Mallea, who chose Bush over Rubio, is seen as top talent for this role by both Democrats and Republicans.
Democratic pollster Fernand Amandi said his decision should be seen as a rebuke of Rubio. "Mallea by all intents and purposes should be in Rubio's camp," he said. "But he looked at both and decided to go to Jeb, which is very telling because he knows them both intimately."
When Mallea chose Bush over Rubio he told the Miami Herald the decision was a no-brainer: "The decision in terms of who's going to be a better president and who's ready to be president — that wasn't hard."
Amandi said there aren't a lot of success stories for Republicans with Latino voters, but one that stands out is Rubio in 2010, when Mallea was his campaign manager. (Later on, in 2011, when Mallea was running Florida for Newt Gingrich, they took down a Spanish-language ad from the campaign that called Mitt Romney anti-immigrant and slammed him to Miami Cubans for once using a line made popular by Fidel Castro, after Rubio called the ad "unfortunate," "inaccurate," and "inflammatory.")
Amandi said he expects the campaign to be aggressive and maybe even innovative in its outreach to Latinos, which would square with Bush's rationale for his candidacy.
"The center for Jeb's argument is that he can win and at the heart of winning for Republicans is doing better with the Hispanic vote than they've done in the last two cycles," he said. But he said the Bush family approach has always been a "love and kisses" one to the Hispanic community because, with the exception of immigration, "they can't connect with them on matters of policy."
Luis Alvarado, a Republican strategist, said he has received indications that the Bush campaign would pursue this Hispanic outreach plan, and he said in conversations with Mallea and newly named campaign manager Danny Diaz, they made it clear lessons have been learned from Mitt Romney's failed 2012 campaign.
As an example, he cited that Romney campaign leaders decided not to do "important Latino outreach."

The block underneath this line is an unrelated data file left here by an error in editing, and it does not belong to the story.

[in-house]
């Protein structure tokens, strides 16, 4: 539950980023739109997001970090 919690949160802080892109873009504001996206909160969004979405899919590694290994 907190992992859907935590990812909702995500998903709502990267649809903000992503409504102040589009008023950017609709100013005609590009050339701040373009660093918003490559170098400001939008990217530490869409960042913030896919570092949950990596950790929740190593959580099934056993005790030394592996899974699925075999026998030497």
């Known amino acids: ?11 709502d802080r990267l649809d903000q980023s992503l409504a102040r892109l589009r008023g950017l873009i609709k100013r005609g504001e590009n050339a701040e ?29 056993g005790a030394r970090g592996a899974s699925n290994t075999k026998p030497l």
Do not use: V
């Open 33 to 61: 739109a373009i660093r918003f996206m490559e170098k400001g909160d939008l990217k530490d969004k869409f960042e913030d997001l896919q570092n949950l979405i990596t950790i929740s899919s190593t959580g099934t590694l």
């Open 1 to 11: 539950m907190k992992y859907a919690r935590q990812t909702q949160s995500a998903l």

"When you hire a Latino operative for optics only, you're going to fail," he said.
People that know Mallea say he understands the nuances and differences among the Latino community — something they believe is easy to talk about, but harder to really get in practice.
Mallea said an example of this can be found in the Southwest states like Colorado, Nevada, and New Mexico. It's not just the difference between New Mexico and Nevada, he said, but drilling deeper Albuquerque and Santa Fe are different themselves and "from a communications standpoint, sending the right messengers, having local people be part of the campaign" is important.
LIBRE's executive director, Daniel Garza, said Mallea's plan could be a gamechanger.
"It's a great idea, my father had a saying. 'Tell me what you give your attention to and I'll tell you who you are,'" he said. "Deliberately focusing content that Latinos can relate to, that is giving them attention and earning their vote, in the long term it's genius."
Garza said that fundamentally the voter is going to ask themselves one question: Will my life be better if I vote for this person or that person?
"The person who can communicate that will win," he said. "If you're in our churches, colleges, Chambers of Commerce speaking to us with tailored messaging, you're speaking my language, then I can connect with you."
And the campaign is banking on Latinos to listen, in a way they haven't to a Republican since it was George W. Bush speaking to them and seeking their vote.